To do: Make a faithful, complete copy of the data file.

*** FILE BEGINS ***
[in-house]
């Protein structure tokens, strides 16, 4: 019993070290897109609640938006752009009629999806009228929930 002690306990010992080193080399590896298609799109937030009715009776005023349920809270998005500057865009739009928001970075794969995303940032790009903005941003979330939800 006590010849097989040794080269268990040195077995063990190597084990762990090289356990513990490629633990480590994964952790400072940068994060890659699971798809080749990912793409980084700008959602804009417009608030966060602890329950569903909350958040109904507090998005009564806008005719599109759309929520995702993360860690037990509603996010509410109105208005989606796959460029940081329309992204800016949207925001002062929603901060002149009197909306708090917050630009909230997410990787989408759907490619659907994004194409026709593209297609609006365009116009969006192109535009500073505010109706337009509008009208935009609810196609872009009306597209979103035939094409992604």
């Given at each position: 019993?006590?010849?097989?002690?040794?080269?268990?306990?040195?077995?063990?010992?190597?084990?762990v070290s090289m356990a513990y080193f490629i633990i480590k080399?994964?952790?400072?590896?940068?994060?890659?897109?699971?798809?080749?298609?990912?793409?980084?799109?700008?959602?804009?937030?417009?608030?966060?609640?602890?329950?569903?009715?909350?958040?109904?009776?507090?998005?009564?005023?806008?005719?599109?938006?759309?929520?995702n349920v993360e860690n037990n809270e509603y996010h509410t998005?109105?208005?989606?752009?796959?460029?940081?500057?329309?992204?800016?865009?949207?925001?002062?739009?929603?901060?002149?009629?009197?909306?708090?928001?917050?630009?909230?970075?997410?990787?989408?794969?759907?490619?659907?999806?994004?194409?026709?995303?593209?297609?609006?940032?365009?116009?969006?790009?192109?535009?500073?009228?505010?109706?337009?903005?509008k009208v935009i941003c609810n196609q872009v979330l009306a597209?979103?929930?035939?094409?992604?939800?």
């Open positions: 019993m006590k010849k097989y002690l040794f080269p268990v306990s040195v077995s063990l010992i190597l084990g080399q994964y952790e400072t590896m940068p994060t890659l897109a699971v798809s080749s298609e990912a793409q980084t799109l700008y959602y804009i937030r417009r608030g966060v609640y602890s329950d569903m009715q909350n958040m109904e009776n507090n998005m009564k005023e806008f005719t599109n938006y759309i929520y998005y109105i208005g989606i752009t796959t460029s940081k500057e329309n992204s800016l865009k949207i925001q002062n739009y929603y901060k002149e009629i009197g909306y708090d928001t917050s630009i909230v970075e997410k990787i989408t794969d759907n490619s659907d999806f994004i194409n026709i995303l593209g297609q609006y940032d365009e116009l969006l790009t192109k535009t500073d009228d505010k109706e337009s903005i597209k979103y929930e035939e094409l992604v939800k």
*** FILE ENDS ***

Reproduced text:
[in-house]
């Protein structure tokens, strides 16, 4: 019993070290897109609640938006752009009629999806009228929930 002690306990010992080193080399590896298609799109937030009715009776005023349920809270998005500057865009739009928001970075794969995303940032790009903005941003979330939800 006590010849097989040794080269268990040195077995063990190597084990762990090289356990513990490629633990480590994964952790400072940068994060890659699971798809080749990912793409980084700008959602804009417009608030966060602890329950569903909350958040109904507090998005009564806008005719599109759309929520995702993360860690037990509603996010509410109105208005989606796959460029940081329309992204800016949207925001002062929603901060002149009197909306708090917050630009909230997410990787989408759907490619659907994004194409026709593209297609609006365009116009969006192109535009500073505010109706337009509008009208935009609810196609872009009306597209979103035939094409992604």
């Given at each position: 019993?006590?010849?097989?002690?040794?080269?268990?306990?040195?077995?063990?010992?190597?084990?762990v070290s090289m356990a513990y080193f490629i633990i480590k080399?994964?952790?400072?590896?940068?994060?890659?897109?699971?798809?080749?298609?990912?793409?980084?799109?700008?959602?804009?937030?417009?608030?966060?609640?602890?329950?569903?009715?909350?958040?109904?009776?507090?998005?009564?005023?806008?005719?599109?938006?759309?929520?995702n349920v993360e860690n037990n809270e509603y996010h509410t998005?109105?208005?989606?752009?796959?460029?940081?500057?329309?992204?800016?865009?949207?925001?002062?739009?929603?901060?002149?009629?009197?909306?708090?928001?917050?630009?909230?970075?997410?990787?989408?794969?759907?490619?659907?999806?994004?194409?026709?995303?593209?297609?609006?940032?365009?116009?969006?790009?192109?535009?500073?009228?505010?109706?337009?903005?509008k009208v935009i941003c609810n196609q872009v979330l009306a597209?979103?929930?035939?094409?992604?939800?």
């Open positions: 019993m006590k010849k097989y002690l040794f080269p268990v306990s040195v077995s063990l010992i190597l084990g080399q994964y952790e400072t590896m940068p994060t890659l897109a699971v798809s080749s298609e990912a793409q980084t799109l700008y959602y804009i937030r417009r608030g966060v609640y602890s329950d569903m009715q909350n958040m109904e009776n507090n998005m009564k005023e806008f005719t599109n938006y759309i929520y998005y109105i208005g989606i752009t796959t460029s940081k500057e329309n992204s800016l865009k949207i925001q002062n739009y929603y901060k002149e009629i009197g909306y708090d928001t917050s630009i909230v970075e997410k990787i989408t794969d759907n490619s659907d999806f994004i194409n026709i995303l593209g297609q609006y940032d365009e116009l969006l790009t192109k535009t500073d009228d505010k109706e337009s903005i597209k979103y929930e035939e094409l992604v939800k």